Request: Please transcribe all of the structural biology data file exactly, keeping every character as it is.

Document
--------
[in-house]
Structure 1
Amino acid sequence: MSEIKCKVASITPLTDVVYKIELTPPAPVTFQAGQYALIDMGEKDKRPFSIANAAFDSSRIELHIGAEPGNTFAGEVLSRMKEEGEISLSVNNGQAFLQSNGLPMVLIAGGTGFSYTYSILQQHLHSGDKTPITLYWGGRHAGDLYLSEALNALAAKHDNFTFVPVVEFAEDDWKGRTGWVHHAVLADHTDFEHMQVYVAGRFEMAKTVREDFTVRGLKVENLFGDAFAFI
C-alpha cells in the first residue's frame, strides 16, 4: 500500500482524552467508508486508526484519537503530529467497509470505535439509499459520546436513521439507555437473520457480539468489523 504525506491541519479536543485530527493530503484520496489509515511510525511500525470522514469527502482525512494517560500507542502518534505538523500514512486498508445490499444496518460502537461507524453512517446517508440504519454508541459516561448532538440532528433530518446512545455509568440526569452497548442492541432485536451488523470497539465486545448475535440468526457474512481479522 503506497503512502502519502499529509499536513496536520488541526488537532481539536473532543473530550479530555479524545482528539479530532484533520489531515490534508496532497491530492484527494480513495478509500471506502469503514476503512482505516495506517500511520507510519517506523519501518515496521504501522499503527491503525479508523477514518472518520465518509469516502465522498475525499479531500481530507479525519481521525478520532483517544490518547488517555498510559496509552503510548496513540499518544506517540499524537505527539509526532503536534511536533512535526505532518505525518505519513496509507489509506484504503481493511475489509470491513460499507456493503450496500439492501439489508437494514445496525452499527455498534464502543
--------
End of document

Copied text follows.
[in-house]
Structure 1
Amino acid sequence: MSEIKCKVASITPLTDVVYKIELTPPAPVTFQAGQYALIDMGEKDKRPFSIANAAFDSSRIELHIGAEPGNTFAGEVLSRMKEEGEISLSVNNGQAFLQSNGLPMVLIAGGTGFSYTYSILQQHLHSGDKTPITLYWGGRHAGDLYLSEALNALAAKHDNFTFVPVVEFAEDDWKGRTGWVHHAVLADHTDFEHMQVYVAGRFEMAKTVREDFTVRGLKVENLFGDAFAFI
C-alpha cells in the first residue's frame, strides 16, 4: 500500500482524552467508508486508526484519537503530529467497509470505535439509499459520546436513521439507555437473520457480539468489523 504525506491541519479536543485530527493530503484520496489509515511510525511500525470522514469527502482525512494517560500507542502518534505538523500514512486498508445490499444496518460502537461507524453512517446517508440504519454508541459516561448532538440532528433530518446512545455509568440526569452497548442492541432485536451488523470497539465486545448475535440468526457474512481479522 503506497503512502502519502499529509499536513496536520488541526488537532481539536473532543473530550479530555479524545482528539479530532484533520489531515490534508496532497491530492484527494480513495478509500471506502469503514476503512482505516495506517500511520507510519517506523519501518515496521504501522499503527491503525479508523477514518472518520465518509469516502465522498475525499479531500481530507479525519481521525478520532483517544490518547488517555498510559496509552503510548496513540499518544506517540499524537505527539509526532503536534511536533512535526505532518505525518505519513496509507489509506484504503481493511475489509470491513460499507456493503450496500439492501439489508437494514445496525452499527455498534464502543